Since we relaunched a few weeks ago, there have been a few reviews that we really wanted to share with you. First was the Canyon Speedmax CF SLX, and next came the Zipp 454s. Today we have the Giro Aerohead – a helmet already making its way quickly into transition and into the UCI record books. We’ve had the Aerohead since last July, but only got a chance to get some time with it over the past few months. And trust us when we say the wait was worth it – if only for the view. But we will get to that. First, lets recap what makes the Aerohead Giro’s preeminent aero helmet.
The Giro Aerohead MIPS
The Aerohead MIPS starts with a polycarbonate shell with built-in MIPS technology and features four integrated wind tunnel vents and overbrow ventilation to help with cooling, as well as a vented eye shield from ZEISS Optics with a magnetic lens anchor attachment. The helmet has magnets in two positions. The first attaches the visor in place in front of your eyes, and the second allows you to attach the visor to the top of your helmet, out of the way to get the Aerohead on and off easier. To ensure maximum comfort for even an Iron-distance ride, Giro went with their Roc Loc Air system that we so enjoyed on the Air Attack. As a side note, there is also the Aerohead Ultimate MIPS built with a TeXtreme carbon fiber shell to combine a smaller frontal area and reduced venting for even less drag.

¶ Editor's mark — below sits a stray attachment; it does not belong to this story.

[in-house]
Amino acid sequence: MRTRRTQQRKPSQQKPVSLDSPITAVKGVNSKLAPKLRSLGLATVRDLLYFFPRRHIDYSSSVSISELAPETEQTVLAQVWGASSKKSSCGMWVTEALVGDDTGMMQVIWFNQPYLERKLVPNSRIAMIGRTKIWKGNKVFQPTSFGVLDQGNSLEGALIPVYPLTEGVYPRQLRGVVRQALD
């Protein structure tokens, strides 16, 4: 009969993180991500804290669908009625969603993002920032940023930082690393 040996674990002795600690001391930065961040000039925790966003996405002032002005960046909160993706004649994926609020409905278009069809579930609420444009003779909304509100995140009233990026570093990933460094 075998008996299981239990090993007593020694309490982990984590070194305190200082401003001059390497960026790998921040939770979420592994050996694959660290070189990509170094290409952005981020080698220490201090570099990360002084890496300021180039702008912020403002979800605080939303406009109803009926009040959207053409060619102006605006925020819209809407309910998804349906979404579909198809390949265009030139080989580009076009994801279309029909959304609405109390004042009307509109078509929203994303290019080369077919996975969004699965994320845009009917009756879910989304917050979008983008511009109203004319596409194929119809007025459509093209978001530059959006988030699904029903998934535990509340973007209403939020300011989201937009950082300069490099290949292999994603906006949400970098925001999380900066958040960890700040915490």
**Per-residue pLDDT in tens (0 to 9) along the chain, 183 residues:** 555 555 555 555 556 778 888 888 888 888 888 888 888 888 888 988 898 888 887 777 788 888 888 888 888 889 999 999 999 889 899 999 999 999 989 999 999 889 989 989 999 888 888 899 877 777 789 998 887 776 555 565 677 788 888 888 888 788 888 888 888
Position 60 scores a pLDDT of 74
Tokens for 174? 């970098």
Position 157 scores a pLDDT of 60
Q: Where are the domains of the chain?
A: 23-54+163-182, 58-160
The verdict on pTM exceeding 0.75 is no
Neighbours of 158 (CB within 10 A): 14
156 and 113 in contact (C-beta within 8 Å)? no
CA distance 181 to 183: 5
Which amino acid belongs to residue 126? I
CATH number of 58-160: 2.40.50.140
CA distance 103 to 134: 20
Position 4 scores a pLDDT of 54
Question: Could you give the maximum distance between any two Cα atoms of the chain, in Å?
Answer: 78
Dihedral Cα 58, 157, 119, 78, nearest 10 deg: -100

Giro tells us the Aerohead MIPS is 42.4 seconds faster over 180km (at 250 watts) than the Giro Advantage (and 25.5 seconds faster that the Air Attack Shield). The Aerohead Ultimate MIPS is an additional five seconds faster than the standard Aerohead. At the track, Giro found the Aerohead saved 15 watts when compared to the Advantage (nine watts versus the Air Attack Shield), and the Ultimate saved an additional two watts.
Giro also tells us the Aerohead MIPS is 14.3% warmer than the Air Attack Shield, and the Aerohead Ultimate MIPS ends up being 22.3% warmer than the baseline Shield.
Giro tells us that both the Aerohead MIPS and Aerohead Ultimate MIPS both weigh in at 455g (we weighed our size medium Aerohead MIPS I at 458g). The Aerohead MIPS will set you back $250/ €299 / £299 and the Aerohead Ultimate MIPS at $550/ €599 / £599. A helmet pod and both eye shields – clear and smoke – are included with the Aerohead Ultimate MIPS, a grey shield with silver mirror only for the Aerohead MIPS. Additional accessories can be purchased separately, with the Helmet pod at $50 and eye shield at $60.